Where: France When: Sunday, April 14 2019 Rank: UCI WorldTour
The peloton at the 2018 Paris-Roubaix (Sunada)
Paris-Roubaix is a unique display of power and skill like no other in professional cycling and the 2019 edition took place on Sunday April 14.
Whilst many of the major Classics now host women’s events either on the same day, or that weekend, Paris-Roubaix is yet to join in.
There are plenty of other long Classics that exceed 250km, plenty of other big races held in France, and plenty of other races that feature cobblestones, but none are as difficult nor unique in character as the so-called ‘Queen of the Classics.’
For one thing, the cobblestones here are on another level of difficulty to those found in the Flandrian classics like the Tour of Flanders and Ghent-Wevelgem. The most difficult sectors are very unevenly paved, and take real skill, power and a heavy dose of fortune to negotiate.
There are also an awful lot of them. In total there are 29 sectors of pavé, amounting to 54.5km – roughly a fifth of the entire race. That far exceeds the ratio of any cobbled Classic held in Flanders, and makes Paris-Roubaix something of a test of endurance, with riders generally reaching the finish in dribs and drabs.
The race can be even more gruelling if the weather turns foul. Epic editions involving slippery cobbles and mud-caked jerseys have gone down in folklore and helped earn the race its nickname of ‘Hell of the North’.
Each sector of cobblestones is rated between one star (the most straightforward) and five stars (the most difficult), and it’s on the three five star stretches that regularly sees the most spectacular racing.
First is the Arenberg Forest at 94km, a long stretch of road rendered dark by the over-stretching trees either side of the road, where the race’s first major sort-out usually takes place.
Then at 47km to go is the Mons-en-Pévèlè, which, if a rider is on the form of their life, can provide the launchpad for a race-winning attack (as Fabian Cancellara managed in 2010). But more often than not it’s the Carrefour de l’Arbre at 15km to go that has the final say.
Even the finish of the race is unusual and iconic. When finally arriving in Roubaix (these days the race might start in Compiègne rather than Paris, but the finish has always been in Roubaix), the riders head to the town’s velodrome to complete one and a half laps laps of the track, in front of a cheering crowd.
Whether the arena plays host to a sprint between a leading group or a lap of honour for a sole leader, it’s invariably a perfect spectacle to end a perfect race.
Paris-Roubaix pavé sectors
29: Troisvilles to Inchy (km 97.5 — 0.9 km) **
28: Briastre to Viesly (km 108.5 — 3 km) ****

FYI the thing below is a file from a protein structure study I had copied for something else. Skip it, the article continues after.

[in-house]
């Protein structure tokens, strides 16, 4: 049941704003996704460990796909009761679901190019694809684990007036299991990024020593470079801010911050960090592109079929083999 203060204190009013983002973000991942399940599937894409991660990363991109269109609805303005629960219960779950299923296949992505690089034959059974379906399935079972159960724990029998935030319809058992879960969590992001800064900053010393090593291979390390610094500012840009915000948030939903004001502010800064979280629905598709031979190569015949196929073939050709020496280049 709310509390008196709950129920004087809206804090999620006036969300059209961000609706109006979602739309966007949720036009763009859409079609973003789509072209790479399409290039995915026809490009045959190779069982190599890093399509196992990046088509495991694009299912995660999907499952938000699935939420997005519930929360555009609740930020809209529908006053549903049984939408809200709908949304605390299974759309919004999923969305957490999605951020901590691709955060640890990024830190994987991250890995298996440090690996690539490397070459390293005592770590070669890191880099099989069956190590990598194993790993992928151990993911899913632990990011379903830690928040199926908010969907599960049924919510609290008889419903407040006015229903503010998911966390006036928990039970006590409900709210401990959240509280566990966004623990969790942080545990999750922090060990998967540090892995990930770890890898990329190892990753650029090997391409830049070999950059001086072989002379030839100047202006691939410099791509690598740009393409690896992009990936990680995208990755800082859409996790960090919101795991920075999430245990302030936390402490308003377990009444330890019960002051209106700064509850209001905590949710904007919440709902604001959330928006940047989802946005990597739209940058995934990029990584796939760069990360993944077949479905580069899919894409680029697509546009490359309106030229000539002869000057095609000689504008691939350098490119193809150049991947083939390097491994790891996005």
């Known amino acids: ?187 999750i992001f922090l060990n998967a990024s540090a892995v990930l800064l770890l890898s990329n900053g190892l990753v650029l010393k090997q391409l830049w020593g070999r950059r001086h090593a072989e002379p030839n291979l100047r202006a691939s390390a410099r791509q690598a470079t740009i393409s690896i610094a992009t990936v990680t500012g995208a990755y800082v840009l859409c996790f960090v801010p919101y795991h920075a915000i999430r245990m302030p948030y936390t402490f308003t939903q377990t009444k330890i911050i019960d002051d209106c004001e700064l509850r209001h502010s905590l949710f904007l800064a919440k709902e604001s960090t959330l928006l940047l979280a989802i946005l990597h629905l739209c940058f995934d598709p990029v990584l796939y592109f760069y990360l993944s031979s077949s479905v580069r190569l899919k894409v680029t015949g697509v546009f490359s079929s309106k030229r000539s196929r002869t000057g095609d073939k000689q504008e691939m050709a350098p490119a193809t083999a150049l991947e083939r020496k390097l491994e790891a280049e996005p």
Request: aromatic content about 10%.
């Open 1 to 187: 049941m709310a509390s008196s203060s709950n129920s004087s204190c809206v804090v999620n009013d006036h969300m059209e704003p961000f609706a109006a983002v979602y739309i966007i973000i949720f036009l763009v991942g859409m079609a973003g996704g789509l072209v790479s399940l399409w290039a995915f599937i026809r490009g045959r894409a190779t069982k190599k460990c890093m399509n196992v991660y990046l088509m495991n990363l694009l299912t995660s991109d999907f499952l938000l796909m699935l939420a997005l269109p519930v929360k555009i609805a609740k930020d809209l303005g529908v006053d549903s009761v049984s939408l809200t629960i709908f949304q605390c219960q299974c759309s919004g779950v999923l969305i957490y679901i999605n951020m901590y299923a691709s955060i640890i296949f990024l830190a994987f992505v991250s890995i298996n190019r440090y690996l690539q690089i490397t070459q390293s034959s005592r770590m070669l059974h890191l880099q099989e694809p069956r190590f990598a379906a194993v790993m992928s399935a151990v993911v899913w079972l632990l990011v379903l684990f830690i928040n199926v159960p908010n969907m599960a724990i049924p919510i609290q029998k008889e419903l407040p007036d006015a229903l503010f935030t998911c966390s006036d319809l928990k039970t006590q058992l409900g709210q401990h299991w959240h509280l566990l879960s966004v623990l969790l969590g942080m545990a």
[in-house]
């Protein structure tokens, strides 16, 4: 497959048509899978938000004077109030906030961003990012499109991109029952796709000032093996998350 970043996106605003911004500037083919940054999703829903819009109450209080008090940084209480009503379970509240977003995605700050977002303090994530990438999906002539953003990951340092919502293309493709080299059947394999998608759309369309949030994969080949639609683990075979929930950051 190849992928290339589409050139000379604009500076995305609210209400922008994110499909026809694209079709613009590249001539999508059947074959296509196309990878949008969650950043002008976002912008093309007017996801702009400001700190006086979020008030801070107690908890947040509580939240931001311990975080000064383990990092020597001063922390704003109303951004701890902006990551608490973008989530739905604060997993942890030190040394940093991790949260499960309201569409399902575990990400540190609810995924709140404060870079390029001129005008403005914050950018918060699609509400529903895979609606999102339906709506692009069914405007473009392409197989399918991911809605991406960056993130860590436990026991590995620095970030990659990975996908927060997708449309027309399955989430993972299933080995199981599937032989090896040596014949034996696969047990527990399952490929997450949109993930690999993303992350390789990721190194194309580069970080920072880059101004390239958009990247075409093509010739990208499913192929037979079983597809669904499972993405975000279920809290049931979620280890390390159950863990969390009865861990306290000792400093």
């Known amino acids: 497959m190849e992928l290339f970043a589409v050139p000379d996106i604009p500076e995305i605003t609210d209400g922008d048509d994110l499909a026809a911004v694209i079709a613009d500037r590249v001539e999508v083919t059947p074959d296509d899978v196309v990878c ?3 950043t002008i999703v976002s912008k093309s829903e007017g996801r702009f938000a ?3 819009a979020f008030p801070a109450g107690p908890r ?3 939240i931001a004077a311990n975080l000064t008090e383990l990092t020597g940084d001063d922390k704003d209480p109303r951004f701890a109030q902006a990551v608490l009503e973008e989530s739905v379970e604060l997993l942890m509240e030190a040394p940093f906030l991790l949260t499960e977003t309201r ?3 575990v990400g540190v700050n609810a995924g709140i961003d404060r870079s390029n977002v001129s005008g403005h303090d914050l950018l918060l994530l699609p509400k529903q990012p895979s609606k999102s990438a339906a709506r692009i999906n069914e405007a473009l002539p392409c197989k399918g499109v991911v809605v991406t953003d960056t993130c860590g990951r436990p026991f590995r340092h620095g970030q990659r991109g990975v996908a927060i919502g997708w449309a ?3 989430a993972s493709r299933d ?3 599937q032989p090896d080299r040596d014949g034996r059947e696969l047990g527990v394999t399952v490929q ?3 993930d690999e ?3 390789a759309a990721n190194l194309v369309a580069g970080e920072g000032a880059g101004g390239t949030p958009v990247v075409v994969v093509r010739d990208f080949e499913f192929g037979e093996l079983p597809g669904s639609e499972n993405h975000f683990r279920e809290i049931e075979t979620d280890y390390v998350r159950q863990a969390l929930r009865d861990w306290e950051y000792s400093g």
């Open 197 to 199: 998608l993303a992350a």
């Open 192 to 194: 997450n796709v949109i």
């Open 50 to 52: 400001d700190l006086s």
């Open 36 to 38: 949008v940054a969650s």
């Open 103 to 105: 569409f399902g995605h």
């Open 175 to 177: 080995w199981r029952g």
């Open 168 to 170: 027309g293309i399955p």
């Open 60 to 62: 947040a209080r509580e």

27: Viesly to Quiévy (km 101.5 — 1.8 km) ***
26: Quiévy to Saint-Python (km 116 – 3.7 km) ****
25: Saint-Python (km 118.5 — 1.5 km) **
24: Vertain to Saint-Martin-sur-Écaillon (km 127.5 — 2.3 km) ***
23: Verchain-Maugré to Quérénaing (km 136.5 — 1.6 km) ***
22: Quérénaing to Maing (km 140.5 — 2.5 km) ***
21: Maing to Monchaux-sur-Ecaillon (km 142.5 — 1.6 km) ***
20: Haveluy to Wallers (km 156.5 — 2.5 km) ****
19: Trouée d’Arenberg (km 164.5 — 2.3 km) *****
18: Wallers to Hélesmes (km 170 – 1.6 km) ***
17: Hornaing to Wandignies (km 179 – 3.7 km) ****
16: Warlaing to Brillon (km 185 – 2.4 km) ***
15: Tilloy to Sars-et-Rosières (km 188.5 — 2.4 km) ****
14: Beuvry to Orchies (km 194 — 1.4 km) ***
13: Orchies (km 199 — 1.7 km) ***
12: Auchy to Bersée (km 206.5 — 2.7 km) ****
11: Mons-en-Pévèle (km 212 – 3 km) *****
10: Mérignies to Avelin (km 215.5 – 0.7 km) **
9: Pont-Thibault to Ennevelin (km 220 – 1.4 km) ***
8: Templeuve — L’Épinette (km 224 – 0.2 km) *
8: Templeuve — Moulin-de-Vertain (km 225 – 0.5 km) **
7: Cysoing to Bourghelles (km 232 – 1.3 km) ***
6: Bourghelles to Wannehain (km 234.5 – 1.1 km) ***
5: Camphin-en-Pévèle (km 239.5 – 1.8 km) ****
4: Carrefour de l’Arbre (km 242.5 – 2.1 km) *****
3: Gruson (km 244 — 1.1 km) **
2: Willems to Hem (km 251 — 1.4 km) ***
1: Roubaix (km 256 — 0.3 km) *
Paris-Roubaix: Recent winners
2019: Philippe Gilbert (Bel) Deceuninck – Quick-Step
2018: Peter Sagan (Svk) Bora-Hansgrohe
2017: Greg Van Avermaet (Bel) BMC Racing
2016: Mathew Hayman (Aus) Orica-GreenEdge
2015: John Degenkolb (Ger) Giant-Alpecin
2014: Niki Terpstra (Ned) Etixx-QuickStep
2013: Fabian Cancellara (Swi) RadioShack
2012: Tom Boonen (Bel) Omega Pharma-QuickStep
2011: Johan Vansummeren (Bel) Garmin-Cervelo
2010: Fabian Cancellara (Swi) Saxo Bank
2009: Tom Boonen (Bel) QuickStep
2008: Tom Boonen (Bel) QuickStep
2007: Stuart O’Grady (Aus) Team CSC